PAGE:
3195: Early Genetic Markers of Histiocytic Sarcoma for Faster Diagnosis and More Effective Treatment

Grant Status: Open

Grant Amount: $97,956
Benoit Hedan, DVM, PhD; CNRS - University of Rennes
February 1, 2024 - January 31, 2026


Breed(s): Bernese Mountain Dog
Research Program Area: Oncology
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Several purebred dogs, like various retrievers, Bernese Mountain Dogs, and Rottweilers, have a high incidence of histiocytic sarcoma (HS) as well as other cancers such as lymphoma or undifferentiated sarcoma. Diagnosing HS can be challenging, particularly without visible masses or proper immunohistochemistry. In fact, misdiagnoses of HS accounts for nearly 20% of reported cases in certain breeds. Unfortunately, there is currently no effective treatment for this devastating cancer, thus impacting the longevity of the predisposed breeds. Late diagnosis and limited understanding of its genetic basis hinder the management of canine HS.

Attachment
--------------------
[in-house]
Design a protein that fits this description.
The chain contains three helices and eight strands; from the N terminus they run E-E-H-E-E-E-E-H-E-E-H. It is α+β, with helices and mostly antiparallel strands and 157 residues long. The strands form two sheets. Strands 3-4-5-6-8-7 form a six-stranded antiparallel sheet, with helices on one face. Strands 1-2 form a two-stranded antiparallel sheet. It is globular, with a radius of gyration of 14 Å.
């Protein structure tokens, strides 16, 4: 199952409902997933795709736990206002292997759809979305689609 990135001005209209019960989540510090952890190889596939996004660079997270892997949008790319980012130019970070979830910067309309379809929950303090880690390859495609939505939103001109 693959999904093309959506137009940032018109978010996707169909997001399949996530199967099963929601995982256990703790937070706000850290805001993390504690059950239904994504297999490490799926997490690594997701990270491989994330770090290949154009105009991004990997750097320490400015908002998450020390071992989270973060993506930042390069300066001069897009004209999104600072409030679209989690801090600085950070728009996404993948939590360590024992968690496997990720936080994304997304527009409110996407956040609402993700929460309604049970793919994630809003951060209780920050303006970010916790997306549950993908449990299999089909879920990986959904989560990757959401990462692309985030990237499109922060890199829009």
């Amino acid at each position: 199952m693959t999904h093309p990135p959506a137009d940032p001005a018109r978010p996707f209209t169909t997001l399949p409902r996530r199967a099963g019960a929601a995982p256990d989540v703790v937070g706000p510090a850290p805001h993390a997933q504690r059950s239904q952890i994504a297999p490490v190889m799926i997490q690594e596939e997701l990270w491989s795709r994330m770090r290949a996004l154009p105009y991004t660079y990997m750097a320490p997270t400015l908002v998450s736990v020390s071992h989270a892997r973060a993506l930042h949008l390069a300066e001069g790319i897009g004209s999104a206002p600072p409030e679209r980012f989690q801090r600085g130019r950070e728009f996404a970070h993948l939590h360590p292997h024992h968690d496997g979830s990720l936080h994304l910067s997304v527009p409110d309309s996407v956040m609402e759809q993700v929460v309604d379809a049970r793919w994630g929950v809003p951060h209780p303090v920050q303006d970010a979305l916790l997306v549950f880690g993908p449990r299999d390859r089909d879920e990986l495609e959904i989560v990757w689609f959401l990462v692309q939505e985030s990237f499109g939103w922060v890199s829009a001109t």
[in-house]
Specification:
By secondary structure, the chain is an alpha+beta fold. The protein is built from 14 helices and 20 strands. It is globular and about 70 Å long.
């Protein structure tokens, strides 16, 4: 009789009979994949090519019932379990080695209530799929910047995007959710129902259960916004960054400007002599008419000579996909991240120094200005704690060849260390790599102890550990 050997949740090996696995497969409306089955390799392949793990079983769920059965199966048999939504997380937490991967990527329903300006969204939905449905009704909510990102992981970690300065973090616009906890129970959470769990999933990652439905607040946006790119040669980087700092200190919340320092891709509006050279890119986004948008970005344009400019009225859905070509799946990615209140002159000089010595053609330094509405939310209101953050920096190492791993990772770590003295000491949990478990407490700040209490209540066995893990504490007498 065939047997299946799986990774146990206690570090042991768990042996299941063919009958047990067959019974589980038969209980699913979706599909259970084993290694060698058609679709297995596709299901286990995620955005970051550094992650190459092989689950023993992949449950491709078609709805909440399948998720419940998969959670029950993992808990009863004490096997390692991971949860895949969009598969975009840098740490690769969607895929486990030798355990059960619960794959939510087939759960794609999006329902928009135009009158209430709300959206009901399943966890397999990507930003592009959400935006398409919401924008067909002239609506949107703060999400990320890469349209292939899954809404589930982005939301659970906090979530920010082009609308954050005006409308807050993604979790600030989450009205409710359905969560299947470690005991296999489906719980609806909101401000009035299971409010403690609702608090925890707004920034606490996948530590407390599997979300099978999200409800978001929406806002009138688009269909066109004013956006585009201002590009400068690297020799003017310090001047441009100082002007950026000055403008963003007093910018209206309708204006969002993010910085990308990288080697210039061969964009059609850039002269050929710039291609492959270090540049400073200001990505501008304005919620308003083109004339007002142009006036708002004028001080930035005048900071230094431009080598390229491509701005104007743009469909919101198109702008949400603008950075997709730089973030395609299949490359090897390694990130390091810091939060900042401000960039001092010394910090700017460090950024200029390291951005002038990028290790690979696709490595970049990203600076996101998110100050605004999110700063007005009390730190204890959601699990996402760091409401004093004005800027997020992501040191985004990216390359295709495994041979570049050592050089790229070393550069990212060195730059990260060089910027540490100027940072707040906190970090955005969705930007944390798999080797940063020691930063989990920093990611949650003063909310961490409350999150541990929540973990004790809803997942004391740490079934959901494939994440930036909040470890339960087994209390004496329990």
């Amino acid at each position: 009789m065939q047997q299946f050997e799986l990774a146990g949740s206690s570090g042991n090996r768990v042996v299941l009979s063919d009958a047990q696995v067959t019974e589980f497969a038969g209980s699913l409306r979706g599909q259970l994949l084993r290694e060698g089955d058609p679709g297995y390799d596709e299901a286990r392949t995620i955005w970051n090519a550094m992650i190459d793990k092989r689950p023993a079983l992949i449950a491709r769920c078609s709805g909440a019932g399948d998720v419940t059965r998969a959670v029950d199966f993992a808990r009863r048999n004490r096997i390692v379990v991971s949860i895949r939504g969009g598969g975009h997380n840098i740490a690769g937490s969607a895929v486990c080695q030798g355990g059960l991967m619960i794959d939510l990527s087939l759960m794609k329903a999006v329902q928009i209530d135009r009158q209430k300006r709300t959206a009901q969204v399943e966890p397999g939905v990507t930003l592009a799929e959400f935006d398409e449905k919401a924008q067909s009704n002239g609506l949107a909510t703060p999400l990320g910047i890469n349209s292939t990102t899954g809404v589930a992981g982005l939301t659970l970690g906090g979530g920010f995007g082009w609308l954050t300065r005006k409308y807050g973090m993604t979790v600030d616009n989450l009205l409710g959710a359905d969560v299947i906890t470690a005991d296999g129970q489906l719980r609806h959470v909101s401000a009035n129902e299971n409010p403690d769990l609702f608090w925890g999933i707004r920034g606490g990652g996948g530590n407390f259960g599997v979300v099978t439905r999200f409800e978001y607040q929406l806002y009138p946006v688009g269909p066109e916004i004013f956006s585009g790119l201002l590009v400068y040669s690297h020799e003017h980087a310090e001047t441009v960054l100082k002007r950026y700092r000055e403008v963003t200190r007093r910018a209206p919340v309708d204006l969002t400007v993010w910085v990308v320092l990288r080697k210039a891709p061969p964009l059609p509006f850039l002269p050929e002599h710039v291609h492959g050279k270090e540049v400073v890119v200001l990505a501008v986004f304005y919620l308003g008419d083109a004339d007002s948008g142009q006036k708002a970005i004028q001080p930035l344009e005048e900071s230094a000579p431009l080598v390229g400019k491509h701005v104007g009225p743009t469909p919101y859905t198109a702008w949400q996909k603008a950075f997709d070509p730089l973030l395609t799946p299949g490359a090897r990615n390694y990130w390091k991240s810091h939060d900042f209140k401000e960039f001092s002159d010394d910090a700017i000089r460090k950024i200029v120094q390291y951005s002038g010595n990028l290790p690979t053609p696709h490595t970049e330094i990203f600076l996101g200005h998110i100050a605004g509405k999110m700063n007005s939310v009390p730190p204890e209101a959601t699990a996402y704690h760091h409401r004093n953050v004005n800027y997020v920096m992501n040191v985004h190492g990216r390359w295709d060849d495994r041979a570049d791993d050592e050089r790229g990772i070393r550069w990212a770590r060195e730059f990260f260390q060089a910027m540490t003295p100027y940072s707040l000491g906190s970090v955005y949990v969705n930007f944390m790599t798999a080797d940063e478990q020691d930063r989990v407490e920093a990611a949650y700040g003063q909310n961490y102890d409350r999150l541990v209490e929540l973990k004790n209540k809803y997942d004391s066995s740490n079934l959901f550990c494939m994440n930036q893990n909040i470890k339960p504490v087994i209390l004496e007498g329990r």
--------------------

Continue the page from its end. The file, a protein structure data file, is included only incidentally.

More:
With funding from a previous CHF grant, #02446: Development of Genetic Biomarkers to Improve Diagnosis and Treatment of Canine Histiocytic Sarcoma, the researchers identified recurrent somatic mutations in HS through exome sequencing of 30 tumors, enhancing their knowledge of its genetic basis. By discovering distinct PTPN11 mutations in tumors from the same dogs, they have demonstrated that these mutations are associated with the spread of HS in dogs and humans. In addition, the investigators are able to determine the chronology of mutations in the development of HS. Utilizing these PTPN11 mutations, researchers have developed a blood test that can accurately detect HS an average of 7.3 months before clinical signs appear. The hypothesis is that these and additional, novel somatic mutations can enable a much earlier diagnosis and, consequently, the introduction of more effective treatments. The researchers will test this hypothesis by pursuing two objectives: (1) identifying other and earlier somatic mutations of HS, and (2) determining the feasibility of diagnosing HS before the onset of clinical signs, leading to improved management of this cancer in veterinary and human medicine.

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